Capp’s five-step approach to strengths-based recruitment

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October 2019
« Aug    

customer satisfaction

What is a Strengths-based Interview (SBI)?

Posted by: Celine Floyd, Managing Psychologist, Capp


So you’re an interviewer and it’s your 8th interview of the day. Your 8th ‘probe’ into generic ‘communication’ and ‘team work’. Your 8th ‘Duke of Edinburgh’ example. The candidates’ answers have been ‘reeled off’, and you just can’t tell if you really ‘believe it’. They looked good on paper, and they sound good.


But ARE they good? You still can’t tell if they are the right fit for your organisation. You would love to know what they are really passionate about, and what is really special about them. You look at your interview script and feel that sense of despair – you know that with these questions you are never going to really get to know the candidate in front of you.


A sad story, for you, and for them.


We feel your pain. In fact many of Capp’s consultants started life in the design, training and delivery of competency-based interviews. Until we saw the opportunities of the strengths-based interview (SBI)!


Used by major employers including Nestle, Ernst & Young, Barclays, Standard Chartered Bank, Harris + Hoole, Birmingham City Council and Thomson Reuters, strengths-based interviews are changing the face of interviewing for the better. But what actually is an SBI?


An SBI is an interview that is all about understanding what someone LOVES to do, as well as CAN do. It’s not just the assessment of what a candidate is competent at, but ALSO, looks to understand what they are passionate about, which activities and working environments give them energy, and what they are motivated by.


Essentially it is the rigorous assessment of  the candidate’s strengths and thereby their fit with the role. Capp are the developers of the SBI, and it can take many forms: 20 mins to 2 hours;  face-to-face, telephone or video; delivered and managed by us, or we can train you directly.


Whatever the format though, the following is always true:


  • The SBI involves more questions than a competency-based interview. In a 20 minute interview you might easily cover 8-10 questions, and in a typical hour long interview, you might ask up to 30 questions.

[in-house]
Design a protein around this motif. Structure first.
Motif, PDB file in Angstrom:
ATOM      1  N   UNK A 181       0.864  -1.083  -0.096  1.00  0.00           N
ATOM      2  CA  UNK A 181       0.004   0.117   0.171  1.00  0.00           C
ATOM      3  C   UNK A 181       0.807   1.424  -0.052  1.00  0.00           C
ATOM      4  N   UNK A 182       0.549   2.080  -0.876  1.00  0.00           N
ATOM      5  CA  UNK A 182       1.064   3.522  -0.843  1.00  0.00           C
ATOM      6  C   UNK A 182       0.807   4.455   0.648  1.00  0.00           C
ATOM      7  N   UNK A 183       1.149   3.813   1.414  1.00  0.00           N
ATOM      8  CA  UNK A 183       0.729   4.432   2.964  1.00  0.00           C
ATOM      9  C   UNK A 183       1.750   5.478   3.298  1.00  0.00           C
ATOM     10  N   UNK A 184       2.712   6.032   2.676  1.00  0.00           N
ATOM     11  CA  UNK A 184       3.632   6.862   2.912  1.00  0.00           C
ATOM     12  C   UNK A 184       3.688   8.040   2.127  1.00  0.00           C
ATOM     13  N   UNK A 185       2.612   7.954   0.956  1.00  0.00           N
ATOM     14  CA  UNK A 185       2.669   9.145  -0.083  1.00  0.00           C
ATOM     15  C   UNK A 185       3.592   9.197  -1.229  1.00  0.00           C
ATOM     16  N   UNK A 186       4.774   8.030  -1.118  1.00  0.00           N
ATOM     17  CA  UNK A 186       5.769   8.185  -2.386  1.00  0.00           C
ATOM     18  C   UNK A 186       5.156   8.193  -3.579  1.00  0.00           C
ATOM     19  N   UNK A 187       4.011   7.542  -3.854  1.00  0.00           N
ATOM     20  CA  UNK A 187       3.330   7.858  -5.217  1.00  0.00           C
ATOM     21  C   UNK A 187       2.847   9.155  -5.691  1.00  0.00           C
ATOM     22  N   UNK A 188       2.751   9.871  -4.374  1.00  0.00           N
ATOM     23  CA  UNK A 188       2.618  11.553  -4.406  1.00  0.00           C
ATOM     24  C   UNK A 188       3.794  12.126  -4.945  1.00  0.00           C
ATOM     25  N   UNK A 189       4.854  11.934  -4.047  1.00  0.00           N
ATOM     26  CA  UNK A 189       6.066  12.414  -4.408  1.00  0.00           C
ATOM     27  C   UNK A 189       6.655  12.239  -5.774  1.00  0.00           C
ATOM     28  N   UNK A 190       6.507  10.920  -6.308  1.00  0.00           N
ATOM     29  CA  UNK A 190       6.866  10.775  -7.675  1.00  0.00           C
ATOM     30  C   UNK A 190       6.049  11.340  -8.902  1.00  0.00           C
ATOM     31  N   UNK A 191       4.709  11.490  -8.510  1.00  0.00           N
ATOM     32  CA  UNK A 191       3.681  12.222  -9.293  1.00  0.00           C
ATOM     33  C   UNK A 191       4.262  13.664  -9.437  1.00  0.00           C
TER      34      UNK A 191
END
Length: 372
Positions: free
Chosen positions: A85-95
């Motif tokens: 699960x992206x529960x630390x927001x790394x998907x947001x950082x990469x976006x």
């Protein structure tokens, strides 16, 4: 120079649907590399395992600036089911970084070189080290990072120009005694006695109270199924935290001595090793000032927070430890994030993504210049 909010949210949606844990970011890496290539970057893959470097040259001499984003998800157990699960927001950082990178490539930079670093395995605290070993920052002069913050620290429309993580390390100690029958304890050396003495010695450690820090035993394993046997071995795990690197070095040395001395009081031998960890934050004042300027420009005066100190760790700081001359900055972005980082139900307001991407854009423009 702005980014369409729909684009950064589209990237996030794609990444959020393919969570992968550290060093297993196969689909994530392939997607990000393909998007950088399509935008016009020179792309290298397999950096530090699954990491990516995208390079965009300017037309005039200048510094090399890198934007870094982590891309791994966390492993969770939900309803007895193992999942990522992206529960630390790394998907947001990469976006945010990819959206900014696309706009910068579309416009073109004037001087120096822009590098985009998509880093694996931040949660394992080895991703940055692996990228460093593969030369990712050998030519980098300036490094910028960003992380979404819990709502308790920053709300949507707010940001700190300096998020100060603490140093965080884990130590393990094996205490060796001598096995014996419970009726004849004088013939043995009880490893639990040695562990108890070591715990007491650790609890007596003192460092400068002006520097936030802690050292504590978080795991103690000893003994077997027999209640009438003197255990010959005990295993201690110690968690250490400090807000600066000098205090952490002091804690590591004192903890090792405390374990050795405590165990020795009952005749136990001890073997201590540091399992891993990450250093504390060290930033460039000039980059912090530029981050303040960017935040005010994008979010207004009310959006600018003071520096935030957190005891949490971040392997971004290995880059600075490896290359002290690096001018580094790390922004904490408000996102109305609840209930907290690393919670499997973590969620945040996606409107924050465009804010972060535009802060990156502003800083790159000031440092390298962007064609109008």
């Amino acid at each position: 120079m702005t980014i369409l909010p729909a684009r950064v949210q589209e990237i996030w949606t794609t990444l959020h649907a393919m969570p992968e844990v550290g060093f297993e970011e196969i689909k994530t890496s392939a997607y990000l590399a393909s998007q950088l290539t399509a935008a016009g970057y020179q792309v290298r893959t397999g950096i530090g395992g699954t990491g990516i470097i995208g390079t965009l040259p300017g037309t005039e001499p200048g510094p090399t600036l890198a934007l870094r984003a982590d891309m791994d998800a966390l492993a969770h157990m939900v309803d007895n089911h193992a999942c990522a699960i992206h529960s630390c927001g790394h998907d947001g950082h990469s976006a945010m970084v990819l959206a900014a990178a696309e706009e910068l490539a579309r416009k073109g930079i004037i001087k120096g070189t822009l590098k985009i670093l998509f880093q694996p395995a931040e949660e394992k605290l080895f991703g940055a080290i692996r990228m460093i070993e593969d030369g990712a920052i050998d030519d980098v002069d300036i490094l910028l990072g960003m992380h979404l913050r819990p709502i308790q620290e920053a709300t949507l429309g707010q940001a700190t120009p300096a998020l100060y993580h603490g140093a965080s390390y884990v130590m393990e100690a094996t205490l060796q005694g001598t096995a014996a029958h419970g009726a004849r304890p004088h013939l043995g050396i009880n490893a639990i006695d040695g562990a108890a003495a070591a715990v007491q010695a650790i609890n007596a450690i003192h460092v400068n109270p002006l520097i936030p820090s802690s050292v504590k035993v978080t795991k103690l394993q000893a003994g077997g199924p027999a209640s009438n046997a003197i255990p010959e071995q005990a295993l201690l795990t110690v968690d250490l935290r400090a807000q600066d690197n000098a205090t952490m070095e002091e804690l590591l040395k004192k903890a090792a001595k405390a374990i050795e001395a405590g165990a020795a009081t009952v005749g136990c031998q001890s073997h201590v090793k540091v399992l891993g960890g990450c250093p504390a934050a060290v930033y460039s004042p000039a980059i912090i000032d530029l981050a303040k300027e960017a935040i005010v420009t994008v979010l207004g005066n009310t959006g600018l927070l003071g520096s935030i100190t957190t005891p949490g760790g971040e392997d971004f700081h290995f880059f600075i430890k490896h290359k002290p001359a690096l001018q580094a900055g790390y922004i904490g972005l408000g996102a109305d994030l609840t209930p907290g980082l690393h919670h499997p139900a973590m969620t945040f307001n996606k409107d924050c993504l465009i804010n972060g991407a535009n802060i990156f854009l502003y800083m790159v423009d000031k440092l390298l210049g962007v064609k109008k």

• The questions are more ‘rapid fire’; asked in quick succession one after the other around a variety of different areas.
  • There is no probing into the candidate’s answers – how much they tell you is up to the candidate, and this in itself is one of the strongest signals of whether something is a strength for someone.
  • The questions will be a mixture of open, closed, hypothetical, and past.
  • You assess for ‘how’ someone answers a question (the body language, and tone of voice), as well as the ‘what’ someone is telling you.


So yes, you can throw out that competency interview rule book! It may sound ‘left field’ but when our SBI delivers results like a 50% drop in attrition, a 39% reduction in cost per hire, a 15% increase in de-selection, a customer satisfaction increase by 14.5% and a sickness absence reduction by 4.1% it is difficult to argue.


You can see why so many organisations are making the move to using the SBI. Join them and make pre-prepared answers and frustrating interviews a thing of the past.


The best way to really understand what an SBI is all about, is to see it in action – if you are a major employer, please contact us at to experience a free demonstration.


In the meantime, though, look out for our next two blogs which will share what an SBI feels like from the perspective of both the interviewer and the candidate.


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